Education and Training Programs
Service managers or maintenance supervisors seeking training on heat pumps or other environmentally friendly technologies can take courses offered by manufacturers and distributors of clean energy HVAC/R equipment to expand their skillset. Examples of training programs offered by manufacturers are listed below. Additional training may be offered through other manufacturers and distributors in the industry, some of which partner with NYSERDA through Clean Heat Connect. Check with individual manufacturers and distributors for a complete list of online or in-person offerings.
HVAC/R industry organizations that offer certificates or continuing education units (CEUs) also have coursework that focuses on emerging technologies. Examples of these training opportunities are listed below.
NATE offers certification exams for workers at various experience levels or for those looking to expand their skills in a specialized area. Workers can prepare using NATE’s study guides or online Training Academy and take exams to become a NATE-Certified HVAC Professional or demonstrate knowledge of sustainable HVAC/R systems by passing exams on ground source heat pump installation, air to air heat pump installation or service, air distribution installation or service, and low GWP refrigerants.
Steven Winter Associates, Inc.’s Building Electrification Training Series has seven courses that include topics such as heat pumps and managing refrigerants in commercial and residential buildings.
ITEC Training & Education Center offers a variety of HVAC courses, including some specific to heat pumps.
The International Association of Plumbing and Mechanical Officials (IAPMO)) has online courses related to ground source heat pumps.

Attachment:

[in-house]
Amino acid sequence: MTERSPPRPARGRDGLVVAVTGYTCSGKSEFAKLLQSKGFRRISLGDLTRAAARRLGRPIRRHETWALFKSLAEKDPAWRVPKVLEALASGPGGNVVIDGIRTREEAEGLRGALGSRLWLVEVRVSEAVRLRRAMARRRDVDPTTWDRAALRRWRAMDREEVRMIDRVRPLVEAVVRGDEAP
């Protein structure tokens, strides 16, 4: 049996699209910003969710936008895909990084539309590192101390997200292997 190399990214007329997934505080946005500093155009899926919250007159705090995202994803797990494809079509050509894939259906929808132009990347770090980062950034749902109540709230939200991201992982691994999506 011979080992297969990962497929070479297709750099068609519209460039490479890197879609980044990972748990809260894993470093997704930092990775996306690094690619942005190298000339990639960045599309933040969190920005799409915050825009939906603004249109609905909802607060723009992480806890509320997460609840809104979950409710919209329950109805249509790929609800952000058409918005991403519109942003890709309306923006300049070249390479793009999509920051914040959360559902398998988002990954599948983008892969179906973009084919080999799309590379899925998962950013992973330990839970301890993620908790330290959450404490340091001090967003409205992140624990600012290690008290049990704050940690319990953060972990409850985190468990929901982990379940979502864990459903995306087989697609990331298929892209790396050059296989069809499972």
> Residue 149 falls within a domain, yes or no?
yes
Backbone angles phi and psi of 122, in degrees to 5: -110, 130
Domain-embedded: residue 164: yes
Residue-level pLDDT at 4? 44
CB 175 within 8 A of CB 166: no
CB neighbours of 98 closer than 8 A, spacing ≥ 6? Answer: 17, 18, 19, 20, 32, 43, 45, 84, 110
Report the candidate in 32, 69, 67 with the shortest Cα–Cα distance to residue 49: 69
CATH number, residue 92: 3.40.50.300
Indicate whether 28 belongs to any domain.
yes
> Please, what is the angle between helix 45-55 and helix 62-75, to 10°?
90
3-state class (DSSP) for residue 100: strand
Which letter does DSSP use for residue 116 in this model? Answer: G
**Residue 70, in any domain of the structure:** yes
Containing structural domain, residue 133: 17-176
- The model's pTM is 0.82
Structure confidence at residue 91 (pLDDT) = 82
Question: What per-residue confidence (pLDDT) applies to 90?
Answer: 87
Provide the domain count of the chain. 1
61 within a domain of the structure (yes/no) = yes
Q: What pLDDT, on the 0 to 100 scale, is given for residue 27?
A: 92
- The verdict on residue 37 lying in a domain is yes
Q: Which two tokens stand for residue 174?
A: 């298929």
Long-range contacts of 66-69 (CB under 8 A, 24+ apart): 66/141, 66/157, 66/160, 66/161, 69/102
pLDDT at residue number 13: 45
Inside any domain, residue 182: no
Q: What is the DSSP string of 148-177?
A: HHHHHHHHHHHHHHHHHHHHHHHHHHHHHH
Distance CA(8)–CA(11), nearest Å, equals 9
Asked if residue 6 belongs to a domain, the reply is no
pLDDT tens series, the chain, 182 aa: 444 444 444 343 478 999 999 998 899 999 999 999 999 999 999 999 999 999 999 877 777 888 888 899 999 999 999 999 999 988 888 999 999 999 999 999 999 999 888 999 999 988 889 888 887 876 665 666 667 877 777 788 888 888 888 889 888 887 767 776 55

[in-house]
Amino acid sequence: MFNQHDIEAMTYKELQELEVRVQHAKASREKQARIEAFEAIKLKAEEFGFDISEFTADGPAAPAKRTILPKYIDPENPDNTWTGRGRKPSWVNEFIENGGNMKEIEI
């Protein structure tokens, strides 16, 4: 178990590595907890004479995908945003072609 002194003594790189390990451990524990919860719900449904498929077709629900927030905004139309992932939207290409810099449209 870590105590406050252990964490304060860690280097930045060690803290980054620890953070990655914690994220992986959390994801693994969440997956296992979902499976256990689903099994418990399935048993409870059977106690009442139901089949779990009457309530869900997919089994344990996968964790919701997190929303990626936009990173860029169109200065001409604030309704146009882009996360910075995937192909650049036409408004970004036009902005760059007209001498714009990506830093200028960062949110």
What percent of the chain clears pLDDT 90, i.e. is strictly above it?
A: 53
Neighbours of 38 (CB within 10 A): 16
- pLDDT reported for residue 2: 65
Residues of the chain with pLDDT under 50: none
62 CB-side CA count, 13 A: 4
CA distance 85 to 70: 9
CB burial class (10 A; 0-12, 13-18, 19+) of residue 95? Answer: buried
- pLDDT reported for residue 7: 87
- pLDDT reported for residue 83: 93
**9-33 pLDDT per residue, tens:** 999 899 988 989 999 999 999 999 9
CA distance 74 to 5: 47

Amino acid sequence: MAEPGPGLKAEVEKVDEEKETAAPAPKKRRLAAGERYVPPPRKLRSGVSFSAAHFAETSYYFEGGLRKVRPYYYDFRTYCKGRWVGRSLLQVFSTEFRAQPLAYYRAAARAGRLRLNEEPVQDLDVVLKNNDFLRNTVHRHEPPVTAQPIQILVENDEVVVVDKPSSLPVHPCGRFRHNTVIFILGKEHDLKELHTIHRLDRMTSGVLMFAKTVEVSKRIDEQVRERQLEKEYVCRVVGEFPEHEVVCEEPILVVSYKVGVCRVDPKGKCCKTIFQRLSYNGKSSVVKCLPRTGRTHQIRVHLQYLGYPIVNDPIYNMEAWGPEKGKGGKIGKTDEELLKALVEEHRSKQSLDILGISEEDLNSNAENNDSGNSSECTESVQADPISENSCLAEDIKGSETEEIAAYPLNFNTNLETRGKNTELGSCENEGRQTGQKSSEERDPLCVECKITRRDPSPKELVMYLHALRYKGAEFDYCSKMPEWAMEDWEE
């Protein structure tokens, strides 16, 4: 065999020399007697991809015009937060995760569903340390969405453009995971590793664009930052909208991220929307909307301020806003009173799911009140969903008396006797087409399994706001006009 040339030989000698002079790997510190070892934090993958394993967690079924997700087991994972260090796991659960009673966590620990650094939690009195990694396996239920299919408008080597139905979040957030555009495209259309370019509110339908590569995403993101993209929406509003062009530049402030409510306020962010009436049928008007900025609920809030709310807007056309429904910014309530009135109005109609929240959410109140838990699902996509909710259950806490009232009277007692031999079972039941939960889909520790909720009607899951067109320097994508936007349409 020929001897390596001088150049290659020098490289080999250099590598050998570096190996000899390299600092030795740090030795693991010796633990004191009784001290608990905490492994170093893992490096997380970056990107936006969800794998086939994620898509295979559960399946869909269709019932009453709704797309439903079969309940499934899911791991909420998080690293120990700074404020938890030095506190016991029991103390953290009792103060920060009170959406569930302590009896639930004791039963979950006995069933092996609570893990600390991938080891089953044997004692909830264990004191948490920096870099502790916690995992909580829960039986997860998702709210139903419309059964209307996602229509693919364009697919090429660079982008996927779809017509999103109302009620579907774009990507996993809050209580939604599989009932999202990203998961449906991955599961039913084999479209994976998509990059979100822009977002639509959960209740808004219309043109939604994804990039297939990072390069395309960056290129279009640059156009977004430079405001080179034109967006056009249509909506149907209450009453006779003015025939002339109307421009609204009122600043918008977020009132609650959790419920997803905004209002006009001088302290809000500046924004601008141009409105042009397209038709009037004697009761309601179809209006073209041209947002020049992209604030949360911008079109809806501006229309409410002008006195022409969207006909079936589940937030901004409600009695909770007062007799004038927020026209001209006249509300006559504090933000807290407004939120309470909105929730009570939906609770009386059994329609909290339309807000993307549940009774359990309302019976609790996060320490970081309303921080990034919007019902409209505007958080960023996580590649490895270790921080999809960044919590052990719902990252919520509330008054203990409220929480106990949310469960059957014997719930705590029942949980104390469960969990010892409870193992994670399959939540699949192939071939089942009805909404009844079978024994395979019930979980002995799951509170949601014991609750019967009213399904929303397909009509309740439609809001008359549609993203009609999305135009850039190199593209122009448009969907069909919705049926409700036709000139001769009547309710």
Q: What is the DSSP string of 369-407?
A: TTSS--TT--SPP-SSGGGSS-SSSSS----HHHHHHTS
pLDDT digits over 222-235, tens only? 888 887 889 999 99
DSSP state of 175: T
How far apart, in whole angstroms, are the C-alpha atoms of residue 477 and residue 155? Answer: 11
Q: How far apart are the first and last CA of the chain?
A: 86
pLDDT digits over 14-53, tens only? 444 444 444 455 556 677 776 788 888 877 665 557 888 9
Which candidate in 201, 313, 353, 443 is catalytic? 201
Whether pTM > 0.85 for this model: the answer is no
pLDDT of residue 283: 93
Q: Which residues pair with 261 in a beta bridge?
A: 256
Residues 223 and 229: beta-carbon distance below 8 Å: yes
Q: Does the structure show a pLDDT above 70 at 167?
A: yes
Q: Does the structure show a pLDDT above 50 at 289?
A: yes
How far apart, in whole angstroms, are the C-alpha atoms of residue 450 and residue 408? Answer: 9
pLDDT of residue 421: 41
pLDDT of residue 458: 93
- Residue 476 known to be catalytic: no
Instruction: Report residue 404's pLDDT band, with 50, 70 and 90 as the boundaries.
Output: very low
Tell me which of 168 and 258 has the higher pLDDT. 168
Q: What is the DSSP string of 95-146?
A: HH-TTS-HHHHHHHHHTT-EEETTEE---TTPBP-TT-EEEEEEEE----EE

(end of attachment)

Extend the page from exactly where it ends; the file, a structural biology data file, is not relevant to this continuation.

ACCA has in-person and online training options for residential and light commercial HVAC (some of which include heat pumps) as well as refrigerants and a course on improving communication with clients.
RETA offers an apprenticeship program, online training, and certifications specific to refrigeration, including the Certified Refrigeration Energy Specialist (CRES) certification.
ESCO Group training and certification topics include Low GWP Refrigerant Safety and Heat Pumps, among a variety of HVAC/R offerings.
BPI offers certification as an Air Conditioning & Heat Pump Professional (among other HVAC/R-related certifications). While they do not have an affiliation with training centers, check to see if a local BPI Test Center offers training.
Certificate and associate degree programs related to HVAC/R systems or property maintenance that prepare workers for jobs as service managers or maintenance supervisors are available across New York State. In addition to the programs listed below, adult continuing education or career training departments at local colleges may offer HVAC/R courses, including some that focus on modern technologies such as automated building systems. Check with schools directly or see which ones partner with ed2go, an online continuing education provider that includes HVAC/R courses.
|Hudson Valley Community College||Applied Technologies||No||•Yes||No||No||No|
|Central New York|
|Onondaga-Cortland-Madison BOCES||HVAC/R Technician||•Yes||No||No||No||No|
|Monroe 2-Orleans BOCES||Heating, Ventilation, Air Conditioning and Refrigeration||•Yes||No||No||No||No|
|Monroe 2-Orleans BOCES||Services & Trades||•Yes||No||No||No||No|
|Monroe Community College||Applied Technologies Center||•Yes||•||No||No||No|
|Dutchess Community College||Business, Aviation, and Construction Professions||•Yes||No||No||No||No|
|Electrical Training Center||HVAC/R Program||•Yes||No||No||No||No|
|Suffolk County Community College||Heating, Ventilation, AC and Refrigeration Technology||•Yes||•Yes||No||No||No|
|Fulton-Montgomery Community College||Technology Programs||•Yes||No||No||No||No|
|Mohawk Valley Community College||School of STEM||•Yes||•Yes||No||No||No|
|New York City|
|Apex Technical School||HVAC & Refrigeration||•Yes||No||No||No||No|
|New York City College of Technology (CUNY)||Environmental Control Technology||No||•Yes||No||No||No|
|SUNY at Canton||Canino School of Engineering Technology||No||•Yes||No||No||No|
|SUNY at Delhi||School of Applied Technologies||No||•Yes||No||No||No|
|Western New York|
|Erie 1 BOCES||HVAC||•Yes||No||No||No||No|
|Erie Community College||Manufacturing, Construction, and Trades Programs||•Yes||•Yes||No||No||No|
|SUNY at Alfred||Building Trades||No||•Yes||No||No||No|